Attainable Rosseau Rd. housing project proposed by Tri-Canadian Energy

A 64 to 68 home attainable housing development is being proposed for a large portion of land just outside of Picton. (Jason Parks/Gazette Staff)


A local solar energy developer is proposing a 60 + unit attainable housing ‘Ecovillage’ southeast of Picton.

Steve VanDusen, Chief Executive Officer, President and Owner of Tri-Canadian Energy (TCE), was before Committee of the whole on Thursday to offer broad strokes of a potential solution to the affordable housing issue the municipality and local residents (or would-be residents) are grappling with.

Entitled the Tri-Canadian Energy Attainable Housing Initiative, the development will see between 64-68 one to two acre severed lots on Rosseau Road.

According the TCE Chief Officer of Operations Barb VanDusen, the company recognizes the 68 proposed severances on the 168 acre Rosseau Road locatio are valued at approximately $150,000/per lot but are invaluable to the attainable housing initiative.

Tri-Canadian Energy is going to reduce the price of these lots to $35,000-45,000 therefore surrendering approximately $6 million in potential profit as a commitment to making this Attainable Housing Initiative work. We are meeting with the province to help with remote net metering and net metering in every house built at the Rousseau road location,” Barb VanDusen explained.

The COO said the initiative is designed to make buying property and obtaining a mortgage more achievable for members of the Prince Edward County community who would be less likely to have such an opportunity. All of the severed lots will be sold at a greatly reduced cost, in order to make it much more attainable.

We want to affiliate with different partners in the community, such as Picton Home Hardware & Adam Bussher, who is willing to be a contributor to this project by offering some kind of general discount. Home Hardware is a key supporter of Attainable Housing,” Barb VanDusen said.

By using Ontario’s Vacant land Condo act, the development would be guided by a Board of Directors that would ensure a commitment to a more attainable and sustainable lifestyle for all future residents and uphold a fair and ethical business approach to situations.

The Board will be approachable and understanding with a commitment to compassion and will uphold its values by being transparent while still maintaining a safe environment for its members as well as the share/stakeholders involved,” Barb VanDusen said.

In addition to looking for input from council, the development would require Rosseau Rd to be opened to a Class five, all season road.

Currently the road is a seasonal road and doesn’t receive any winter maintenance.

The idea is to put these lots in the hands of people who normally couldn’t afford them,” Steve VanDusen explained.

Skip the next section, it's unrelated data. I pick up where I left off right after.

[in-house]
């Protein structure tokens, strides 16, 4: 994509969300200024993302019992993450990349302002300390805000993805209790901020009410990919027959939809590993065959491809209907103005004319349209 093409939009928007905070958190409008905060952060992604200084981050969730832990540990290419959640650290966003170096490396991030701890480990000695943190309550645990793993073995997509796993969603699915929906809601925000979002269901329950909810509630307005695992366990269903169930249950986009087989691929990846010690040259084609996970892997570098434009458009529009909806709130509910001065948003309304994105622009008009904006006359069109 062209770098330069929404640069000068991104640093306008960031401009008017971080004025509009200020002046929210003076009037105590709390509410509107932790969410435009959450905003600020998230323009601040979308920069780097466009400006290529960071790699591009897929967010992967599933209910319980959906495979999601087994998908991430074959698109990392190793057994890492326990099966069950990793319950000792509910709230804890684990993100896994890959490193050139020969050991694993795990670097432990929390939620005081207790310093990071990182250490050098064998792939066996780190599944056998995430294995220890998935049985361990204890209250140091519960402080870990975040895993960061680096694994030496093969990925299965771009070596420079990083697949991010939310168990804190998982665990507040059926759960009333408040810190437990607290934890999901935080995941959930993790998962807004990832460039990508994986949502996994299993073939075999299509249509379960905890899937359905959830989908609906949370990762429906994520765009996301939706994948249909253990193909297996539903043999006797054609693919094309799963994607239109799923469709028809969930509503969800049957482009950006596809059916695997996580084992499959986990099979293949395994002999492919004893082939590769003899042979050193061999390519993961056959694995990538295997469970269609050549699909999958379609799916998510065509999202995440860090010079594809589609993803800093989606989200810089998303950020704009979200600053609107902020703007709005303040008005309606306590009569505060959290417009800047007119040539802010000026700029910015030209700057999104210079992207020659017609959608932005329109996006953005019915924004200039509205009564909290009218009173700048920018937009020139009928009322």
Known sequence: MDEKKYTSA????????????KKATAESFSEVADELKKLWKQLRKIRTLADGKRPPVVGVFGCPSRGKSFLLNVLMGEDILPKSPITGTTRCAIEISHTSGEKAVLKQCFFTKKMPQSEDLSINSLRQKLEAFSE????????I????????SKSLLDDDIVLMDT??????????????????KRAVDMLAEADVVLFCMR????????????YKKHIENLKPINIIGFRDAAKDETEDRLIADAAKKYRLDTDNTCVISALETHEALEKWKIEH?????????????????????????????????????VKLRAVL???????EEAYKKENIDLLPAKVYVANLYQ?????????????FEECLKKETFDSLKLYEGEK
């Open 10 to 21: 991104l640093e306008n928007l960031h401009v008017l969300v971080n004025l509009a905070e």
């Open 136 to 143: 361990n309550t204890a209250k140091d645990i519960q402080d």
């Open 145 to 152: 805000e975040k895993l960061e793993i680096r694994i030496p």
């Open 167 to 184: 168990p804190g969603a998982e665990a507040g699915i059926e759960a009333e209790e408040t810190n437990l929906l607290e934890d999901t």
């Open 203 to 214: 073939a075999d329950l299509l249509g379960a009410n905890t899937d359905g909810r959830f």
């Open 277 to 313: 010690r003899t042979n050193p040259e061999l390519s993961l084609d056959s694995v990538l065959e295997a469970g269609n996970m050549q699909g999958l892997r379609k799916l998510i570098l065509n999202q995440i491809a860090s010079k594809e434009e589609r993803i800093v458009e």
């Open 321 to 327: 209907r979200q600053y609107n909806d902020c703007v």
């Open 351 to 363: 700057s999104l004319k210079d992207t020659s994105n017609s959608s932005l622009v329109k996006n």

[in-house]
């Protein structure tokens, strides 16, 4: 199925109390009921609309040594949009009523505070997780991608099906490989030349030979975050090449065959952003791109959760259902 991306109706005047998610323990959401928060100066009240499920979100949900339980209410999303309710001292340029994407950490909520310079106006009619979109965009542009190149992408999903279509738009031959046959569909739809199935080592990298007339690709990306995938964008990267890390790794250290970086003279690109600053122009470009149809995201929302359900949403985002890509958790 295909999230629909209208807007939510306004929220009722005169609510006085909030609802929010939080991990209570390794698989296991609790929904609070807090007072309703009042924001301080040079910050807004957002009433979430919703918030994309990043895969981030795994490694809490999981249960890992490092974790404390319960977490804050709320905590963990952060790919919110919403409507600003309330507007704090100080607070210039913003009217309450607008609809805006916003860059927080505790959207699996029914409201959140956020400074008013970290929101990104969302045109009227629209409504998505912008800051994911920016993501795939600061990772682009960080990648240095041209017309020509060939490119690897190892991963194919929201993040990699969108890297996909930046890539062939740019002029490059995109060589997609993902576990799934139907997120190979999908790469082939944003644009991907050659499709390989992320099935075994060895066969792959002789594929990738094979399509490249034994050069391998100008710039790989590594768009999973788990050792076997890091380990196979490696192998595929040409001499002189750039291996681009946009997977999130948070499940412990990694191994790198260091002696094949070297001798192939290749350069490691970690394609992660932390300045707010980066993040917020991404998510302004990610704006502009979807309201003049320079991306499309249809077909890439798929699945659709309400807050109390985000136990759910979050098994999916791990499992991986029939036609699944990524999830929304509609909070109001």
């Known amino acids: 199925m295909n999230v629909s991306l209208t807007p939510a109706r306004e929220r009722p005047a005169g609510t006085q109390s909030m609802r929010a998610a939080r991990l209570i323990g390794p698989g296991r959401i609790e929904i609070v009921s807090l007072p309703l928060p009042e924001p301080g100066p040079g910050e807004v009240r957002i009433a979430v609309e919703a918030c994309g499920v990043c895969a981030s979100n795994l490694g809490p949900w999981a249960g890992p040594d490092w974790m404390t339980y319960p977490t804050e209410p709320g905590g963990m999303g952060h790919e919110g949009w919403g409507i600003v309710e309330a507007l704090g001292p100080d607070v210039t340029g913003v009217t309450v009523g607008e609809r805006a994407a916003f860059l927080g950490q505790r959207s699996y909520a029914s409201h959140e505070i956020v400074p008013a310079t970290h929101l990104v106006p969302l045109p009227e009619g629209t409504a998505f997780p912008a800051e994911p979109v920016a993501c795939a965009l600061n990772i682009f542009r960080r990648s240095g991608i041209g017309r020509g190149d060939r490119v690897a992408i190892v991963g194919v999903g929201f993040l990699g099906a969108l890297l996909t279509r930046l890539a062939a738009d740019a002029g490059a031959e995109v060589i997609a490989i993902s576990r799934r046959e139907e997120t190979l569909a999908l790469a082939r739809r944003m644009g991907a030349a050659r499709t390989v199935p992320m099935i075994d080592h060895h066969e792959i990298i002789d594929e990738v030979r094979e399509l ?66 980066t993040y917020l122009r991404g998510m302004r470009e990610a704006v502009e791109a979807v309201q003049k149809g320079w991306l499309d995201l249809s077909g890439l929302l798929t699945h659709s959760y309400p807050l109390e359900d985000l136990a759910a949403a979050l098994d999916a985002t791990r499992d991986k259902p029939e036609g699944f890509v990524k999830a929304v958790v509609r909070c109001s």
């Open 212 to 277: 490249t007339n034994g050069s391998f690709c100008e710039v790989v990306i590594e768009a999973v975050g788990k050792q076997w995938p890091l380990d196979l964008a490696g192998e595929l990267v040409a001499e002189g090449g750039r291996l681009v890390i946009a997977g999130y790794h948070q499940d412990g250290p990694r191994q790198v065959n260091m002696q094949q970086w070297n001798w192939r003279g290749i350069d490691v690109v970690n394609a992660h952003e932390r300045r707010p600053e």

With some prime building lots fetching $150,000 on the sizzling Prince Edward County real estate market an  latest market studies indicating the average house in Prince Edward County is valued at $643,000, it’s not hard to see families and the working class are getting priced out of owning or even renting locally.

VanDusen’s company has built solar and alternative energy installations around the world over the past decade and he has seen similar issues pop up elsewhere in growing areas.

I’ve seen this as an issue that’s been developing right here in my own back yard and many Prince Edward County employers have come to me saying ‘I can’t get workers, they can’t afford to live here, they can’t afford to rent here’,” Steve VanDusen said.

As part of their presentation, TCE presented councillors with a potential site plan and the document has made its way through the developer circles.

To give you an idea of what’s happening out there, once this survey was seen by other developers, they started calling me and offering to buy in and purchase 10 or 15 lots off the hop but that’s not the goal of this initiative,” Steve VanDusen said.

In order to make sure the development stayed affordable for residents, there would be somewhat stringent restrictions on becoming part of the Ecovillage.

The CEO explained the purchase of one of the $35-45,000 lots was part of a lease program.

You would own the property but there would be a hold it for seven years and you would have to build on it within that time frame and you can’t sell or flip it because that would defeat the purpose,” Steve VanDusen said “Hopefully this is a footprint for a solution to the attainable and affordable housing issue, we are also here asking you for your input and gauge what council would like to see in order for this to go forward.”

In terms of the residents and day-to-day life at this designed Ecovillage, sustainable living at reduced costs would be key and TCE has a vision for promoting this within this community by utilizing Ontario Hydro’s remote net metering initiative,  a plan that allows residents of the proposed community to have a reduction in both hydro and heating bills by sharing power generated from a sustainable solar field.

It’s TCE’s belief that in order to keep a municipal promise of making Prince Edward County a place for people of all ages to live, work and visit something must be done now to ensure a more attainable and sustainable future for young families

Before we lose all hope of continuing our unique County heritage, TCE will do its best to help the County of Prince Edward achieve their goals at a level and a standard uncharted to date,” Barb VanDusen added.

Councillor Bill Roberts asked about price points to ensure attainability and affordability and asked about the bench mark of around $250,000.

If you use smart shopping and look after your materials, you can drive that price down,” Steve VanDusen said, citing new technologies and small build concepts that can be advantageously utilized to put prices below certain bench marks.